A Tight Race
The September 19 governorship election in Edo might be the closest race ever in the history of the state, an opinion poll conducted by Ripples Nigeria suggests.
The online poll attracted 1,048, 872 views, with 7,129 votes cast. Governor Godwin Obaseki recieved 3,368 votes representing 47.2 percent, while Pastor Osagie Ize-Iyamu got 3,351 votes, representing 47.0 percent of the total votes. Candidates of other political parties mopped up the remaining 410 votes representing 5.8 percent.
The survey, titled: ‘RIPPLESNIGERIA POLL: Who would you vote in the Edo guber election; Obaseki or Ize-Iyamu,’ was conducted on the Opinion Stage platform. It ran for a period of two months, beginning 27th of June 2020 with cut-off date of 3rd September, 2020.
With a mere .02% separating the two front runners, the outcome suggests a possible keen contest between Obaseki, who is the candidate of the Peoples Democratic Party (PDP) and Ize-Iyamu of the All Progressives Congress (APC).
And, with a 5.8% return by other parties, the survey also confirms the vice-like grip of PDP and APC in Edo’s political space.
In 2016, incumbent Governor Obaseki, then of the APC, garnered 319,483 votes to beat Ize-Iyamu, then of the PDP who got 253,173, a margin of 66,310 votes.
Here are some important stats to note ahead of the September 19 gubernatorial election
The Ripples Nigeria Poll is an open-access survey and we do not make any claims to its being scientific.
Data mined from the survey platform, Opinion Stage, do not capture location of respondents and we cannot, therefore, categorically state that those who voted in the poll were all residents of Edo state. The poll, as a tool for analysis, provides only a glimpse into popular sentiments regarding the election direction.
DOUBTS OVER POLL INTEGRITY
According to a recent report, 46% of respondents lack confidence in INEC’s ability to promote credible elections, 50% question the electoral umpires’ independence and 44% doubt the institutions’ preparedness for election.
How these insights speak to the eventual outcomes will depend on INEC’s management of the processes which is only seven days away.
FEAR OF VIOLENCE
The two dominant parties in the governorship race are guilty of violent rhetoric, hate speech, vandalism, and violence. YIAGA AFRICA reports that 1 out of 10 respondents has experienced violence directly, and that 1/3 have heard hate speech from candidates.
Potential flashpoints of violence have been identified in 13 of 18 Local Government Areas. They are:
Ovia North East
Esan North East
Social Media Measurements
The Ripples Nigeria Poll on Edo election reached 124, 046 people on Facebook, with 32,513 engagements. It attracted 13,565 likes, comments and shares and had 18,948 post clicks.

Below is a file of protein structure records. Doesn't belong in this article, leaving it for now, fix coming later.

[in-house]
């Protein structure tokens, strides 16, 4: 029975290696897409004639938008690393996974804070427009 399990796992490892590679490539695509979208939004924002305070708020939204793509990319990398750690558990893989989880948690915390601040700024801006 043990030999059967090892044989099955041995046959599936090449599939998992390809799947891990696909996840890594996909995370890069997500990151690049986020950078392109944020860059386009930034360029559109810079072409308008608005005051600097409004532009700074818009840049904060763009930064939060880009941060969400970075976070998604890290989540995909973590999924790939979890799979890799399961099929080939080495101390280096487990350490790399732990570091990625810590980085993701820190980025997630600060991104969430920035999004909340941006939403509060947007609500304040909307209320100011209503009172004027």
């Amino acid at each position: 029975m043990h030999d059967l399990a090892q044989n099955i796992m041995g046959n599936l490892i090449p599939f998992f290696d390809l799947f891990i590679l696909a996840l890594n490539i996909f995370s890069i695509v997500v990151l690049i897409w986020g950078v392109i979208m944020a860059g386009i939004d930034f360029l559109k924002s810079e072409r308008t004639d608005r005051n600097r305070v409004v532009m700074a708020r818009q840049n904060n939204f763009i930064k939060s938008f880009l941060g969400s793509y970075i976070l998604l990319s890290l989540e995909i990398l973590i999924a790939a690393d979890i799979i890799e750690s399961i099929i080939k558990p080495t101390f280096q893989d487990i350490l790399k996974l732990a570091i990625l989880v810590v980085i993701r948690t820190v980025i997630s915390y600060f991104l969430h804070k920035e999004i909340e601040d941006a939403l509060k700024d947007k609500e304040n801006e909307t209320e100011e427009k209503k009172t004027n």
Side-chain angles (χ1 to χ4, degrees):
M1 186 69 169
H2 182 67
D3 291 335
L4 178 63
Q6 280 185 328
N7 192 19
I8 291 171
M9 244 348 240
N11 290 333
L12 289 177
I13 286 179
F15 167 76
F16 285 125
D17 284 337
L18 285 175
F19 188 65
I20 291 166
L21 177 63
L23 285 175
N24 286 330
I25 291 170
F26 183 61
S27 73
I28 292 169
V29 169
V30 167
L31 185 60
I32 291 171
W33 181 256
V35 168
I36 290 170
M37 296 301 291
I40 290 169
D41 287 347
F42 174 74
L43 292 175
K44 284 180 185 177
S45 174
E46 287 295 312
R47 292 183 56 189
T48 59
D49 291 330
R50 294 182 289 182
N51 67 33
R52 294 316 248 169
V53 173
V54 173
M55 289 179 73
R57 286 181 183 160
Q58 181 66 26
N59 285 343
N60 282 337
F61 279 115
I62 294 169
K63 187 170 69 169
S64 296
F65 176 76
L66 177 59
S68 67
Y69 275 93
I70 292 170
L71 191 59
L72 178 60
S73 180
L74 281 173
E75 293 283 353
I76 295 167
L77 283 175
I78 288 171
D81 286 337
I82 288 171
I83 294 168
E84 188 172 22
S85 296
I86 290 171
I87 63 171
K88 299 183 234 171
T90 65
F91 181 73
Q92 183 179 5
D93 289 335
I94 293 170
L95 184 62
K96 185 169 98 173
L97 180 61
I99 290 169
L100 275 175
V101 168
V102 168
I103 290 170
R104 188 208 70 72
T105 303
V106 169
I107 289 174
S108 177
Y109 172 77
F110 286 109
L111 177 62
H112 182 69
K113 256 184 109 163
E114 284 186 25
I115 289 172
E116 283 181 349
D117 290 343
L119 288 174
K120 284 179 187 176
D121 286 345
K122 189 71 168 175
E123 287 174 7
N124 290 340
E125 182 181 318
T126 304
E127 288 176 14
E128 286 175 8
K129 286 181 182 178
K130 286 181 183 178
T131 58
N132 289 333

Governor Obaseki had a fair share of the engagements in his favour but this is very unreliable in measuring possible votes for his party, as majority of Nigerians have proved overtime to be mere commentators who fail to vote on election day.
Though the survey predicts a very close contest, we cannot conveniently discount other extraneous factors that may work together to change the direction of voting and alter its final outcomes.
The structure of governance in Nigeria reserves so much power in the presidency and successive administrations have always been tempted to abuse the advantage.
Some of the very influential institutions of state that could impact the poll include the Independent National Electoral Commission (INEC), the military, Department of State Services (DSS), the Police and the Nigeria Security and Civil Defence Corps (NSCDC).
The result of a recent survey says about 48% of respondents are concerned violence may be instigated by security agents.
The main opposition party, PDP, has continued to make reference to Buhari’s powers as part of its campaign rhetorics. Whether Mr President would guarantee fair play, as pledged by him, remains a matter of conjecture.
The power of incumbency leaves Governor Obaseki with access to state resources. Same can be deployed to his advantage, especially in a process where vote buying has taken deep root.
However, chances that this factor could significantly affect outcomes remains slim as only 4% of respondents in a recent survey say they have experienced vote buying.
Rigging or manipulation of the electoral process has always been a recurring issue in Nigeria’s democratic journey, with accusations and counter accusations by parties.
In the Edo election, fears are already high on the possible incidence of rigging and manipulation of the processes as reports suggest that between 46% and 50% of respondents question INEC’s independence or lack confidence in its ability to promote credible elections.
Except things change positively, the party which is able to out-rig and or out-manipulate the other may carry the day.
The global COVID-19 pandemic may undermine the conduct and outcome of the September 19 election.
The protocols put in place by the Nigeria Centre for Disease Control (NCDC) as regards public gatherings and social distancing may hamper a large turn out of voters on election day.
A further dent on credibility and integrity is the disenfranchisement of many potential voters, as INEC failed to conduct the now traditional Continous Voters Registration (CVR).
What this translates to is that those who turned 18 years between the last CVR and now cannot participate in the Edo election despite being qualified.
Closely associated with this is the failure of INEC to distribute the remaining 483, 868 Permanent Voters Card (PVC). This, the umpire said was due to the COVID-19 pandemic.
The Ripples Nigeria poll suggests that the September 19 gubernatorial election would be too close to call, that is, if the integrity of the electoral process is not called to question.
Some conversations on Facebook
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